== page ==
Greetings from my desk.
As winter creeps closer in, it is time to give the immune system a boost. In fact – maintaining a healthy immune system is something we should be working on all year round.
You may want to take some time and read what I’ve written about the 5 herbs that will give you a healthy immune system and how I’ve put it all together in an easy to use tincture.
Top 5 Herbs For a Healthy Immune System
Having a vibrant, healthy immune system is something that most of us take for granted, especially during our younger years when it’s usually functioning at its best. But as the body grows older, so does the immune system.
While supporting a healthy immune system is something that everyone should be doing even from a young age, it’s especially important for folks who are getting on in years. This is usually the time when things start to get a little glitchy and break down – a common part of the aging process.
If your current plan to age gracefully includes eating healthy, staying hydrated, de-stressing, and getting plenty of rest, you’re already on the right track.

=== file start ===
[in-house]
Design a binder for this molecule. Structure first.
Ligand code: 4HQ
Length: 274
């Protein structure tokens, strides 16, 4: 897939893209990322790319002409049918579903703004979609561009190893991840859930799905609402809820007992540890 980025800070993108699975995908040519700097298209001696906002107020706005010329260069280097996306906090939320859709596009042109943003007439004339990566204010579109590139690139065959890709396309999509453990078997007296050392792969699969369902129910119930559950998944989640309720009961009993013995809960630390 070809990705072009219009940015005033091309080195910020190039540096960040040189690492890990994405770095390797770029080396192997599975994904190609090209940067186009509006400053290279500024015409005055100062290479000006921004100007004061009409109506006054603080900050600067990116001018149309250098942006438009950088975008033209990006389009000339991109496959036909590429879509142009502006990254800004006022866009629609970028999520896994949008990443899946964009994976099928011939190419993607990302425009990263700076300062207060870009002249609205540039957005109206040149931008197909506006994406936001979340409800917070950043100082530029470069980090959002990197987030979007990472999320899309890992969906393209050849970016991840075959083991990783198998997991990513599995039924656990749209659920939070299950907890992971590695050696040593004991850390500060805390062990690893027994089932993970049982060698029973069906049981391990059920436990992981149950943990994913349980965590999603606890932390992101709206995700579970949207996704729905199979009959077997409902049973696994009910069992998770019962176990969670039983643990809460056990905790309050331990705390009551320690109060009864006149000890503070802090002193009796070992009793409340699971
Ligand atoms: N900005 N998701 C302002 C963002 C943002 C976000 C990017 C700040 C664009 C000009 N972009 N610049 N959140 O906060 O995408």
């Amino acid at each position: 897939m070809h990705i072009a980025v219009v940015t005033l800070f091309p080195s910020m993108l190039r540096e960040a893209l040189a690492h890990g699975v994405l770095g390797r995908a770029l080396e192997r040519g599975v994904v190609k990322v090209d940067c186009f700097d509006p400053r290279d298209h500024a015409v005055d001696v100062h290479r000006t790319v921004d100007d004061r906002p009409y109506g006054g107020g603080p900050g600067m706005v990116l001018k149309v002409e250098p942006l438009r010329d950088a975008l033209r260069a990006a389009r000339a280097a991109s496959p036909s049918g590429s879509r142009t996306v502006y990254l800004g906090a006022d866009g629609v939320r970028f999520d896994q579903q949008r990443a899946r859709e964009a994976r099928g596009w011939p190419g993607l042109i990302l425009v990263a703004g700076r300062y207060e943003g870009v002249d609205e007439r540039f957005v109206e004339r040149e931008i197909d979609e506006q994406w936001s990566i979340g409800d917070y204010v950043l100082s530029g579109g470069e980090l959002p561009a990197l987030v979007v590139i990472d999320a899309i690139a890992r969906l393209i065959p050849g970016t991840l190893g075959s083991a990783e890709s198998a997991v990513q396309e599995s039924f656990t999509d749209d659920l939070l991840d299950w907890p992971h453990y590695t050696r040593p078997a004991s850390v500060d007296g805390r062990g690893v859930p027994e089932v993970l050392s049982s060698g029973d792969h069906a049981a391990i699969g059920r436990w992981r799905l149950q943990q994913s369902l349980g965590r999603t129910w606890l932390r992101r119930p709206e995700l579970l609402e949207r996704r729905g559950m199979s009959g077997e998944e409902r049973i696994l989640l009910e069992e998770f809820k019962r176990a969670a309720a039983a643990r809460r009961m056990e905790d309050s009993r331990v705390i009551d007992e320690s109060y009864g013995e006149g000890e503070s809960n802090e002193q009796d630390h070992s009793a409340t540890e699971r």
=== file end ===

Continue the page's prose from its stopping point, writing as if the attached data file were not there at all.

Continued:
But what if you could take things to a whole new level by incorporating the best of what nature has to offer into your daily regimen for added support for a strong, healthy immune system?
The following five herbs will help you do just that.
# 1. Astragalus
Astragalus (Astragalus membranaceus or Astragalus mongholicus) has deep roots in Traditional Chinese Medicine (TCM). For many thousands of years, civilizations both past and present have used this powerful adaptogenic herb to support wellness on a variety of fronts, with perhaps its most well-known benefit being in the area of immune support.
Astragalus contains more than 200 active constituents that lend to its therapeutic efficacy. Three of these – saponins, flavonoids, and polysaccharides – are particularly noteworthy as having received special attention in the scientific literature for their pronounced impact on health and wellbeing.